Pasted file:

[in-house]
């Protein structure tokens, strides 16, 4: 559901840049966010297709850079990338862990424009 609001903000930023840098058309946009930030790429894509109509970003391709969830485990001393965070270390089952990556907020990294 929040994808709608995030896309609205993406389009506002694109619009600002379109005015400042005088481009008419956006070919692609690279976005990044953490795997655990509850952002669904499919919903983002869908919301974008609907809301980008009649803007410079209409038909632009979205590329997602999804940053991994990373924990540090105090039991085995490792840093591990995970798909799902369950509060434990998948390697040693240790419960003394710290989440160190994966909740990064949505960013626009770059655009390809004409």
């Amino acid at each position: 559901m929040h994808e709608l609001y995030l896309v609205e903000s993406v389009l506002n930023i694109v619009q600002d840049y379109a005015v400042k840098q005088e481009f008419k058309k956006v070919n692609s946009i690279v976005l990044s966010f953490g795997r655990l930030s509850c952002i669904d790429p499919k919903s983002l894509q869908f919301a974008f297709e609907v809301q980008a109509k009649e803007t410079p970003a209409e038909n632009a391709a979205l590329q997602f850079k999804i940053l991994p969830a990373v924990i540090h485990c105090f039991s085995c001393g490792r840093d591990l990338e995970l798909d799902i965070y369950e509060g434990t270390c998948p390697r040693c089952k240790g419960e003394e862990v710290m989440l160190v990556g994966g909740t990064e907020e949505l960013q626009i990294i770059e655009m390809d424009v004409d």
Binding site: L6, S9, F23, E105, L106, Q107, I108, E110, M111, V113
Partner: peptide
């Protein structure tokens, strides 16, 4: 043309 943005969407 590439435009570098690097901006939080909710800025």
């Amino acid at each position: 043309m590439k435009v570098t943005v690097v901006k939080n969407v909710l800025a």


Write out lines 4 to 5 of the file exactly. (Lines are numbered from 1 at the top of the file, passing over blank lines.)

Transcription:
Binding site: L6, S9, F23, E105, L106, Q107, I108, E110, M111, V113
Partner: peptide